[Roy Branson,“In Memoriam” (1937-2015)]
The Seventh-day Adventist Church is living an epochal cultural change incarnated with the demographical shift in these last fifty years. In 1962 the Church in the “Global South” had a membership of 818,716 (60 percent of world membership of 1,362,775). In 2012 that “Global South” membership shot up to 16,380,066, representing 92 percent of world membership.
Born and raised a Peruvian Adventist, I have wonderful memories of how a Latin-American church made me happy as a child. The son of a hardworking Adventist pastor, Rodrigo Gutierrez, and of a completely kind and dedicated pastor's wife, Orfilia Salazar, I will never be able to fully thank that church for having nurtured me all those precious years, through its various communities, including schools, Pathfinder clubs, choirs, camp meetings, evangelism campaigns, youth camps, inclusive worships and Bible studies.
Being vegetarian is one distinctive characteristic of Adventism, even though the way of interpreting it may deeply vary – from a country like Norway to a country like Argentina. This diversity ranges from ascetic forms of veganism, realistic strategies of occasional meat-eating to various idealistic and romantic modalities of circumstantial or regional vegetarianism. But, compared to this worldwide Adventist individual diversity, institutional Adventism appears instead as homogeneously and massively vegetarian. Except for Czech Adventism.
With the idiosyncratic and classical protestant European theme of “Ecclesia reformata semper reformanda”, the 2015 ETTC (European Theology Teachers Convention) took place March 25-29 at Newbold College, England. What does the word “reform” mean today? This is easier to proclaim than to understand and implement, which is often the reason self-proclaimed “reforming” movements have paradoxically behaved as reactionary and nostalgic. European Adventism should remember and learn this from its own past history.
Every discourse on Origins is necessarily indirect and a posteriori. And in order to appear believable it paradoxically needs to be both partial and inclusive. Consequently we need to integrate the various existing perspectives on Origins if we want to have a meaningful reflection on this topic. Creation has both a Biblical and scientific-naturalistic approach. But these are only two expressions of a more universal quest.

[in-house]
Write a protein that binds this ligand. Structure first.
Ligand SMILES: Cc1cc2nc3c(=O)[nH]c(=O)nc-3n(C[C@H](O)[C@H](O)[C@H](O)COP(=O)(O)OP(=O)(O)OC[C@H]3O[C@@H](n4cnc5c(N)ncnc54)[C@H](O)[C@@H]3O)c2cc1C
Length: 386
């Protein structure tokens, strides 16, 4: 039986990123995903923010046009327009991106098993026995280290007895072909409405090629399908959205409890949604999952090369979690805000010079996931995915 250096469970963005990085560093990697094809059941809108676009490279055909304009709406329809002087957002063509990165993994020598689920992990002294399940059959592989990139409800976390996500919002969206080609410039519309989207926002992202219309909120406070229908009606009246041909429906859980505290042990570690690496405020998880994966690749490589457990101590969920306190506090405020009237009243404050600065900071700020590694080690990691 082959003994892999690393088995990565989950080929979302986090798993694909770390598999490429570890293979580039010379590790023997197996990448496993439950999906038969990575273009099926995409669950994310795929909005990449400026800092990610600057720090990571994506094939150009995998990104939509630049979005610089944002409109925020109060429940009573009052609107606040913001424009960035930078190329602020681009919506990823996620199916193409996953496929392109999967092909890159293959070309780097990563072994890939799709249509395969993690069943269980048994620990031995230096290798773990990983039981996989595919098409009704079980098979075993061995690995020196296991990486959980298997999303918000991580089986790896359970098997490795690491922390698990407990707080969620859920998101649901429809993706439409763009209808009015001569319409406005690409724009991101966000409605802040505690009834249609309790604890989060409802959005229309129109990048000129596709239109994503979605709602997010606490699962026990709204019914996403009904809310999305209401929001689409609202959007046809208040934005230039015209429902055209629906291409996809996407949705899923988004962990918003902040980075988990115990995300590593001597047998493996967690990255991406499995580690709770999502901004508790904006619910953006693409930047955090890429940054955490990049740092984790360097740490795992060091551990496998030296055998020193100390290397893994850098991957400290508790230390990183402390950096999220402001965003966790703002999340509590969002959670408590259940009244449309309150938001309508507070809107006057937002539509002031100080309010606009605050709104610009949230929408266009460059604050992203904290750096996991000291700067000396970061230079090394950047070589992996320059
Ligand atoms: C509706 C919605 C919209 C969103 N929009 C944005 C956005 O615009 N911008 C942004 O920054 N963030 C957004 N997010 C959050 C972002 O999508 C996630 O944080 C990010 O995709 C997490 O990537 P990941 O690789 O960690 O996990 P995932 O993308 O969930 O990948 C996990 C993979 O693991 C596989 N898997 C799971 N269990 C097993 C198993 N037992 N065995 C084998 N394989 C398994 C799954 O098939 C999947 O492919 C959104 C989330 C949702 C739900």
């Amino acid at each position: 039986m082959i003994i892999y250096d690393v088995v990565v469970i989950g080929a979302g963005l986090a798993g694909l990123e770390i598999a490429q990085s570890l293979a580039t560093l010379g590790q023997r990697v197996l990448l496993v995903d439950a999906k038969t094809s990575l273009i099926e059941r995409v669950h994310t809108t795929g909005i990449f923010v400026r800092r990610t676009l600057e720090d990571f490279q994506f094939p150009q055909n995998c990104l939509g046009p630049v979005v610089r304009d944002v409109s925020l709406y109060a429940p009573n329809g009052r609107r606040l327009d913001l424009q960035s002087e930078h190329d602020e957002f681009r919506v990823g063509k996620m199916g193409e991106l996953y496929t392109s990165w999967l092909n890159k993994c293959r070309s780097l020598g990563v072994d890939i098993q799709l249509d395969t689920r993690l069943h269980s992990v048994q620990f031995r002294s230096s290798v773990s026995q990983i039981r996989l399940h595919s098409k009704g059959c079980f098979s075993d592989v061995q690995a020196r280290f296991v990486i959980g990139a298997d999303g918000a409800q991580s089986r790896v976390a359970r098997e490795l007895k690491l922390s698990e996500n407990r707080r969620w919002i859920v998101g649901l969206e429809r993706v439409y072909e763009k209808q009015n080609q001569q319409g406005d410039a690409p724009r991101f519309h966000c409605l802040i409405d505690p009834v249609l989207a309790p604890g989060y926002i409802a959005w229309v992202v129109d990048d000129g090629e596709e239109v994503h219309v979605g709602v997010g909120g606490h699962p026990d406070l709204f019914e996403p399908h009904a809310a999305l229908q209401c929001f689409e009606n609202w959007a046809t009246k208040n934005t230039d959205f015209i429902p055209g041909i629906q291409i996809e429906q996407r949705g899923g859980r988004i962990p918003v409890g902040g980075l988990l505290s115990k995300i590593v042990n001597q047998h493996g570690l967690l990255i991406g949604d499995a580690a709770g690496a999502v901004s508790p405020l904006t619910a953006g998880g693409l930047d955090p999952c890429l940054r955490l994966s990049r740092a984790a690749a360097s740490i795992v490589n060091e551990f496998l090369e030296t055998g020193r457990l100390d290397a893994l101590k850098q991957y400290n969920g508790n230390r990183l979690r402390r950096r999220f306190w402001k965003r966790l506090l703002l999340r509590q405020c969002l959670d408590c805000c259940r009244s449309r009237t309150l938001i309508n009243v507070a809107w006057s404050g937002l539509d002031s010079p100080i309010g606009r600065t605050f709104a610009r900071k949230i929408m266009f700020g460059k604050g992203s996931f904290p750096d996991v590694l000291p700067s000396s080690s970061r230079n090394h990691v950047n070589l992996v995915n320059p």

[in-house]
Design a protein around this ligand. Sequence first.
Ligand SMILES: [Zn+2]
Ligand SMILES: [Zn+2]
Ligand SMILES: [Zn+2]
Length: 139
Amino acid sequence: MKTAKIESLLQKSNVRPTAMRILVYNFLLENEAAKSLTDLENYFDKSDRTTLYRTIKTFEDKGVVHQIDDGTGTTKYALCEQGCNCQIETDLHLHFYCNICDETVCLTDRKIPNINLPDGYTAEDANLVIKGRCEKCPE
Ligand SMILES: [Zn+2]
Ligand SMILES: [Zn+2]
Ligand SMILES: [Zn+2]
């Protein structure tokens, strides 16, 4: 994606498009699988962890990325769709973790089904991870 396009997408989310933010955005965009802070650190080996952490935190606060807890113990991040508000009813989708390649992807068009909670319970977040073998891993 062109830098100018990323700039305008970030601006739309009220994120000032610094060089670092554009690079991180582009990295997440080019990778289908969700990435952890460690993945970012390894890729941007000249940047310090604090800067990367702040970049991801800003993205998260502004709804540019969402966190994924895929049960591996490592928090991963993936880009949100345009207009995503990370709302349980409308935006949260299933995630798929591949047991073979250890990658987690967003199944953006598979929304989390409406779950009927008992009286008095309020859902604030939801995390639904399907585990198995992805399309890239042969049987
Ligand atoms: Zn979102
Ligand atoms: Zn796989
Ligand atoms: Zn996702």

Suffering is the subjective experience of evil. Not merely a threatening external presence in nature, it is a disturbing challenge that touches us in our primordial foundations and certainties. It cruelly becomes an eroding event from within. Its universality doesn't respect age, gender, religion or ethnicity. This compels us to try to understand and make some sense of it, knowing in advance that whatever the resulting interpretation, it will always remain a precarious, fragmented and insufficient belief in the unexpected and weary path of life.
The Sabbath and the Second Advent of Christ are God's gifts to all humanity, not only to the SDA Church. This is the reason why SDA mission shouldn't be that of defending an exclusively ecclesiocentric interpretation of both, as this presidential address does. We should never think in terms of “possessing” these truths or maniacally trying to keep them “pure”. Otherwise, as in Matthew's eschatological parable of the talents, the SDA Church would assume the role of the hoarding and obsessive-compulsive servant rather than the open-minded faithfulness of the praised servants.